After the paint was dry, I stenciled on “Read More Books”, painted the letters, and added books!

After spending some quality time with my wood pallets, I see what all the hype is about! In a lot of ways, using pallets is like starting mid-craft. Happy crafting, friends :)

Map Wall Art

With only one month until Kat and I move into our house, I’m starting to cross projects off of my to-do list. I recently saw this picture on pinterest, but I was disappointed that there was no tutorial. After unsuccessfully looking around for one, I figured I should just make my own:

Supplies:

  • 3-4 pieces of barn wood (I found 4 pieces at my cottage)
  • Modge podge (Make your own! 1/2 elmer’s glue, 1/2 water, shake)
  • Medium sized paint brush
  • Map poster (I bought mine here for $5 with shipping!)

    

The first step is to cut the map into strips the size of the boards. One reason I bought such a cheap map is because it killed me a little having to cut it up.

Next, pick one of your boards and apply a coat of modge podge right onto the wood. Lay your piece of map on the board and add another layer on top. After you’ve added a layer on top, use your hands to push out any air bubbles. You can also use the paint brush, but I found it wasn’t as effective as hands. The last optional step is to rip the edges. The edges look more natural if they are ripped when the paper is wet from the modge podge. There’s no specific way to do this, it depends how distressed you want it to come out.

Repeat the steps with each board, let dry, and that’s it! The final product has a nice matte finish and the map appears to be printed on to the wood boards. I plan to hang this in our living room using command strips.

Ampersand Pillow

Ready for the world’s easiest DIY? You’ve probably seen the minimalist ampersand or other symbol pillows around. As a writer (and crafter) I love them and decided to try to make one myself. Here’s how:

1. Print out the ampersand (&) symbol

2. Pin it to your fabric (I used muslin, which is only $1.99/yd)

3. Trace and fill with a fabric marker

4. Stitch up your pillow!

Now I have a new pillow addition! Click here for the quote pillow tutorial.

Coat/Purse Hanger!

I was inspired by this tutorial of how to make your own coat hanger. I love the idea of using mix matched knobs, plus they are a lot easier to find if you’re not set on having them matching. I found three knobs and a pull at the Grand Rapids Habitat for Humanity Restore. This is a great store if you’re looking for something really specific (like a door or knobs!) All together, the knobs and pull cost under $2; compared to a hardware store where they cost anywhere from $2-$10 a piece! The piece of wood was found under the desk at my cottage- the more beat up the better!

Supplies:

  • knobs/pulls
  • piece of barn or drift wood
  • screw driver
  • sand paper, paint (optional)

After you have your supplies, the coat hanger is really simple to make. Just drill holes where you want the knobs, screw them in, and you’re done! The tutorial I found didn’t use a pull, but I found that mine is perfect to hang an umbrella. I beat up the wood a little more with some sand paper and a hammer and you could paint it too. For $2 I have a cute little coat hanger for the doorway of my new house!

Stencil Pillow

I found this tutorial on tumblr a while ago and finally gave it a try. One of my biggest pet peeves is how EXPENSIVE pillows are; they’re two pieces of fabric sewn together! With left over fabric, a fabric marker, and a little thread, this pillow cost me close to nothing.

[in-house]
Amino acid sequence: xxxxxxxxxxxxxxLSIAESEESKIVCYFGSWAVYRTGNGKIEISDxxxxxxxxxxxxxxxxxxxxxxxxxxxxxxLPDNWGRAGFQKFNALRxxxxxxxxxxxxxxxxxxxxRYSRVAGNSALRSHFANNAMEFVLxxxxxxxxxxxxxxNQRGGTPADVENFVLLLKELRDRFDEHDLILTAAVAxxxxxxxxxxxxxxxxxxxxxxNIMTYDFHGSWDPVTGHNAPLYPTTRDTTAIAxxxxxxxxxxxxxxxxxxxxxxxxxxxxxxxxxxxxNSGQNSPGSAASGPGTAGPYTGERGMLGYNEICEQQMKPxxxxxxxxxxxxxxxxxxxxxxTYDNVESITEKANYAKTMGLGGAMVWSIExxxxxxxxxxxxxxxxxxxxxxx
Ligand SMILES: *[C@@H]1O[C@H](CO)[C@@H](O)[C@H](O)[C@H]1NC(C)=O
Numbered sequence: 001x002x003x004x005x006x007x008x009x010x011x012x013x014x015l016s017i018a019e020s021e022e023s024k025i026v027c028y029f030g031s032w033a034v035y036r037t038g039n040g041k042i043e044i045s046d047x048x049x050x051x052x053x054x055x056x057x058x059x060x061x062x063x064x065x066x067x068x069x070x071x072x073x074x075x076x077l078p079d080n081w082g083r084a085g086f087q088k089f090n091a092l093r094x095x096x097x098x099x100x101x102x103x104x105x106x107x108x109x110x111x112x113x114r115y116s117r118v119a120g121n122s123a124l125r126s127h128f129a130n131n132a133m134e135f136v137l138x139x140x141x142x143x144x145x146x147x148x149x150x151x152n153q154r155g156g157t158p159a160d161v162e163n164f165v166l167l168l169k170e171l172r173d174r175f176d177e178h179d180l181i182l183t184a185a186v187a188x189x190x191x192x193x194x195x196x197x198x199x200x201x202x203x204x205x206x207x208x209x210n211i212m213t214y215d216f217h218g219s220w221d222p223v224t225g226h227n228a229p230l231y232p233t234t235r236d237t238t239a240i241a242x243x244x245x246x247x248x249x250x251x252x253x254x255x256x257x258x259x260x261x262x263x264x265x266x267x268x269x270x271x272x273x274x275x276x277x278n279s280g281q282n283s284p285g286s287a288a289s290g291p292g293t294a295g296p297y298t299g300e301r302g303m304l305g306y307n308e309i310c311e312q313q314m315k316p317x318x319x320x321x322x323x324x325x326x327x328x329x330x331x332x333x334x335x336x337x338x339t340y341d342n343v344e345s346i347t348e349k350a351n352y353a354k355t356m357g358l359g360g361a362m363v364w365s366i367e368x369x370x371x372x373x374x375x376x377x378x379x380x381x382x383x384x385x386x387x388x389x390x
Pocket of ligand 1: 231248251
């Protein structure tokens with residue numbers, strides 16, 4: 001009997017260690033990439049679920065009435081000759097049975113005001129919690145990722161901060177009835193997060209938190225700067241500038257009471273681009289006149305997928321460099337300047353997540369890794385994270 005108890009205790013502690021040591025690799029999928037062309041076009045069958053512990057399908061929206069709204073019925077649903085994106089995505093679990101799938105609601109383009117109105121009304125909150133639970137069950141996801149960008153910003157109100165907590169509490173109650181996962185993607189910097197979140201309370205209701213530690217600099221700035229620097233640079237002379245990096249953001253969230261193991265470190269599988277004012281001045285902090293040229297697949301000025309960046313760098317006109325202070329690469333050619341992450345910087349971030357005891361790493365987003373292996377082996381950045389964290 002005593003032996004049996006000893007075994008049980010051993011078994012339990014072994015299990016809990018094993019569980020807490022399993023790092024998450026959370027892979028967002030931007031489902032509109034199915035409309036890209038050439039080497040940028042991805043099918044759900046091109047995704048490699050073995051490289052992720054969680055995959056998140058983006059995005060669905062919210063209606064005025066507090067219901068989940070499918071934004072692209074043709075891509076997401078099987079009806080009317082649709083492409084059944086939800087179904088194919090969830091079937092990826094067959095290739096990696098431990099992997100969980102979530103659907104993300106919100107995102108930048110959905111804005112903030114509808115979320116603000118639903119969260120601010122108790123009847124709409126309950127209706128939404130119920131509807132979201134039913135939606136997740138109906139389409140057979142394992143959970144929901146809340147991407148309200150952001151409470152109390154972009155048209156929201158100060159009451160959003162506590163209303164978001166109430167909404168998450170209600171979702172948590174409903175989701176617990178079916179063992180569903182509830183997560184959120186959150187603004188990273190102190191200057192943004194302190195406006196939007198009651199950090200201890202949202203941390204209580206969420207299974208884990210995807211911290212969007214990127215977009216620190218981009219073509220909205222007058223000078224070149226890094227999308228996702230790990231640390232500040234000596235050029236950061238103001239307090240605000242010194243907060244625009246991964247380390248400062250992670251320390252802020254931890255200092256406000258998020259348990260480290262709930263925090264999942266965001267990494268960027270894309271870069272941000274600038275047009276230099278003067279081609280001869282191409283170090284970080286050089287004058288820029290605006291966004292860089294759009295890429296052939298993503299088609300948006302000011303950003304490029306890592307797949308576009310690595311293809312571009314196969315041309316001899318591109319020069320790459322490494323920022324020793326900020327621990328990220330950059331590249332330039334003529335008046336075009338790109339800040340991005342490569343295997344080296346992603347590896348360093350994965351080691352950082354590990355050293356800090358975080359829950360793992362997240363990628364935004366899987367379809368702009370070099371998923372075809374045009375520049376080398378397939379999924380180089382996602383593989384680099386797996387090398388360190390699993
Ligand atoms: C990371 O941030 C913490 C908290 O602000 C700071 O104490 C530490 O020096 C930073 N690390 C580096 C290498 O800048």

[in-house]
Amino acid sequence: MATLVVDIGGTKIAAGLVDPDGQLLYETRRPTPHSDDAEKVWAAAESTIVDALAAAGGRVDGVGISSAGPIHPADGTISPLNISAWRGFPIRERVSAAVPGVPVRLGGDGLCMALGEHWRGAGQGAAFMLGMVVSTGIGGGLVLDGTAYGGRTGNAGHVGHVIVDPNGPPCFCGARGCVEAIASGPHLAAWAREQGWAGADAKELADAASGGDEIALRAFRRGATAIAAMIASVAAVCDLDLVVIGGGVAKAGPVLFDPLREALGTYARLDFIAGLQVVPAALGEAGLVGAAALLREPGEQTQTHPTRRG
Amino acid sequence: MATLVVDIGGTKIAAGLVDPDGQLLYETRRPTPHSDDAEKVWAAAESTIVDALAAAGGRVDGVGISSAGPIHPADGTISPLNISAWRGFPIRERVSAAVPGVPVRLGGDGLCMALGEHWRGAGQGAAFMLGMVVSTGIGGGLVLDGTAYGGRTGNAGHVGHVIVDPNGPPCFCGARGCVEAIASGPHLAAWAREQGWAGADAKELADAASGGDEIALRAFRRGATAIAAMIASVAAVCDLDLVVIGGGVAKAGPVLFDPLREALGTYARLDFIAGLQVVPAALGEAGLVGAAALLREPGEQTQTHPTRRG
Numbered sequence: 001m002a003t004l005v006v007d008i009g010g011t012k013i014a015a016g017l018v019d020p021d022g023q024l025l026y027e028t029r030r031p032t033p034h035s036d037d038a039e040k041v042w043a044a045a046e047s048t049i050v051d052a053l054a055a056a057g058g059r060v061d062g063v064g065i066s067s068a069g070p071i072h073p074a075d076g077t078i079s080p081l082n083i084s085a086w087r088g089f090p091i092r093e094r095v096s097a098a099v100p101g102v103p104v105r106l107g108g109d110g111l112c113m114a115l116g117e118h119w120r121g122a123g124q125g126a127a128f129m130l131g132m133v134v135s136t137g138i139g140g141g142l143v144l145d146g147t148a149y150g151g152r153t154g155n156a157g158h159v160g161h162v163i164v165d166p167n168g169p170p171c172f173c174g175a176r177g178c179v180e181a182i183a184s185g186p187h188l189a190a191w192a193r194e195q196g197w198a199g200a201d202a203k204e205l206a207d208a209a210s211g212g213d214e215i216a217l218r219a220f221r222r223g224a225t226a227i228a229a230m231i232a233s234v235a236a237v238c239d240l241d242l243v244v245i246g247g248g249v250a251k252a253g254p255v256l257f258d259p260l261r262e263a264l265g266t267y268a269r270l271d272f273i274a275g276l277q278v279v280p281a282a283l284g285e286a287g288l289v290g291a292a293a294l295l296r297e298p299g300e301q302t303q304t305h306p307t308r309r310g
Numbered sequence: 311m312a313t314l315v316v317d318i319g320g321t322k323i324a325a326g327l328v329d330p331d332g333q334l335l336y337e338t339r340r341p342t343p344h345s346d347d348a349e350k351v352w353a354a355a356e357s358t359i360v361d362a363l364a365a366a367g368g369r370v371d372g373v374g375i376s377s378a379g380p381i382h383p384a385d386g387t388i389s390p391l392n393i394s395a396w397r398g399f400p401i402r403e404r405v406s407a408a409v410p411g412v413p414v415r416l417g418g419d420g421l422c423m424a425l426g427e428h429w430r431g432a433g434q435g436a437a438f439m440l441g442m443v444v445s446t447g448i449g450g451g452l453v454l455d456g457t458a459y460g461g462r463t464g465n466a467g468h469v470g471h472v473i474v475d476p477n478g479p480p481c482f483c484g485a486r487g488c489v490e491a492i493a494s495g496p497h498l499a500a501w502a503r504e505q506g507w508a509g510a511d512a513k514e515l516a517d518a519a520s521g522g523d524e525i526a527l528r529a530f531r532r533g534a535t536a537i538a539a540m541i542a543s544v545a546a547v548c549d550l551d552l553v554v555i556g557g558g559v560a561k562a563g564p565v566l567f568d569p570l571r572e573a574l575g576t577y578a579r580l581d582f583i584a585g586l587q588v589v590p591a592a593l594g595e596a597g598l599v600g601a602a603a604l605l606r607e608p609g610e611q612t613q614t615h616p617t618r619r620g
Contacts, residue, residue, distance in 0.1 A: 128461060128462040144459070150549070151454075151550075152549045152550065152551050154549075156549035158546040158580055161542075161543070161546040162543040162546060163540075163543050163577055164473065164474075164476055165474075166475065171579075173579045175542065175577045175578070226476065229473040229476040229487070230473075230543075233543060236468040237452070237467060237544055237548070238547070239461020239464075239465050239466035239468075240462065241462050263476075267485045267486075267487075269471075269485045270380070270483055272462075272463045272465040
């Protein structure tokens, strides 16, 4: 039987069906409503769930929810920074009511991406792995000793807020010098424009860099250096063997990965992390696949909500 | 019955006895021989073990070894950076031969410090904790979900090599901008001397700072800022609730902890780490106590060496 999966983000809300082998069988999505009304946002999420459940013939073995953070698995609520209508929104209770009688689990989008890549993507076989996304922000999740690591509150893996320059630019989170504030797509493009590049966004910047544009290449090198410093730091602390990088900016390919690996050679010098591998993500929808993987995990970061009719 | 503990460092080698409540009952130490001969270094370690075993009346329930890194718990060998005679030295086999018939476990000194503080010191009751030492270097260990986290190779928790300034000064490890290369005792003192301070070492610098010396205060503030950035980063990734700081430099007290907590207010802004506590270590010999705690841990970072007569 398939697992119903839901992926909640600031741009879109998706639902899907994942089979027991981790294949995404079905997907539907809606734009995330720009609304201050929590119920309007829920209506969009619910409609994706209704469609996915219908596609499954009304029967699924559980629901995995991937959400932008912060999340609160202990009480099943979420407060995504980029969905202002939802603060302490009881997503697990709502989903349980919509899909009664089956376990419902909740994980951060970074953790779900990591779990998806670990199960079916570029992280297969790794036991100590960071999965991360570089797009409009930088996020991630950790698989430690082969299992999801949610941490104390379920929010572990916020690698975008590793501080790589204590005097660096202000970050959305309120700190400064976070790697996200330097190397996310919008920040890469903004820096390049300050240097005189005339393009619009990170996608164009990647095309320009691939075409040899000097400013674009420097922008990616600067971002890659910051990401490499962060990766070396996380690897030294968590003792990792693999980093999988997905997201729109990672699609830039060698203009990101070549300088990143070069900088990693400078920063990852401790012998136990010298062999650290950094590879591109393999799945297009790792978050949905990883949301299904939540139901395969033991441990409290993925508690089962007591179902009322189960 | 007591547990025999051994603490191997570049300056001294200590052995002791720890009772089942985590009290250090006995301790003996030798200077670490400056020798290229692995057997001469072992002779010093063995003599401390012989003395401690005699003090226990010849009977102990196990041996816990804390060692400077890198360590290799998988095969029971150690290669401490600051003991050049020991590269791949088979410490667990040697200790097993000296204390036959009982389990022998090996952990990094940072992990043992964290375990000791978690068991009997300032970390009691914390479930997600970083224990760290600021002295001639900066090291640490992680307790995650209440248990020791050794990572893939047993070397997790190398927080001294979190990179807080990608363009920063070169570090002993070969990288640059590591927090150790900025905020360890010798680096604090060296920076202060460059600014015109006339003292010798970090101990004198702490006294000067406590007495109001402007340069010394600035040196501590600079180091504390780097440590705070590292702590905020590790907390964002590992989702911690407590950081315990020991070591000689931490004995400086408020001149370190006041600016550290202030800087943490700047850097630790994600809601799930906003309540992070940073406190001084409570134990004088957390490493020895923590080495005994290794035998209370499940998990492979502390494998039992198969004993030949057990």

The first step is drawing on the quote of your choice. The only tricky thing is making sure to space out the letters how you want them. I started with an extra big piece of fabric so that I had plenty of room for all of the words.

After that, just sew it up like a regular pillow (turn inside out, pin, sew three and a half sides, turn to the right side, stuff, and hand stitch the last half!) After about 30 minutes here is my final product:

Update: Here is another one I’ve made recently. I’m loving the look without filling in the spaces of the letters on my stencil.

Chevron Painted Table

I’m loving the new chevron stripe trend, and I was excited to give it a try today! I began with an old sewing machine cabinet from my Grandma’s attic, painted it white, and then started the fairly easy chevron process. I first printed out a pattern; I used this one, but you can use whatever size you want or draw your one. Next, I used painting tape and taped the pattern right on to my table like this:

I wasn’t too worried about making the lines perfect, but perfect is definitely doable! I painted the areas outside of the tape, waited for it to dry, slowly removed the tape, and wa-la chevron!!

I finished off by priming and then painting the drawer pull turquoise. Because the table was given to me for free and I used left over paint, the project ended up being very inexpensive (less than 5 dollars!) Here is the before and after:

DIY Distressed Desk

I’ve been wanting to try out the “distressed” paint look for a while now, but haven’t had anything to paint. Until yesterday! My mom and I spent the morning at garage sales and found a small wooden desk for 5 DOLLARS! I then spent the afternoon going through different blogs and collecting various distressing techniques.

My supplies included:

  • turpentine
  • about a pint of paint (I asked a sample quart at the hardware store)
  • sand paper
  • crumpled up paper
  • hammer
  • small paint brush
  • spray sealer
  • my desk

Overall, I found that the most important thing is to not try too hard. I used what I found and made up some of my own techniques. Some that worked the best: lightly painting leaving some wood show, rubbing half dry paint with crumpled up paper to add texture, sand papering dry edges, and hammering dents. Here is what I ended up with:

First Day of Summer

My first day of summer started off at 9am with a big cup of coffee and a burst of inspiration. It’s free paint and couch day! It also marks the first day of my thrifting adventures to furnish and decorate my new house in the Fall.  It has become a hobby of mine this year to browse craigslist and imagine what furniture I would buy, refurbish, or even pick up for free. When I saw the little gem below, I emailed the contact right away. Come to find out, this couch was located at a church not far from my house. I fell in love with the pattern and cute home-y structure. The pastor at the church agreed to hold it for me until I came back from school- today! My new friend Pastor Michael and his little helper loaded my CRV with my free couch and I was off.

Next stop was Ace Hardware for free paint day! I will admit, I thought it might be too good to be true. But, I put my doubts behind me and printed the coupon from Ace Hardware’s Facebook page. I walked in, and ten minutes later walked out with a free quart of paint that will perfectly compliment my new couch.

So, here’s to the weekend, a new blog, adventure, and Summer!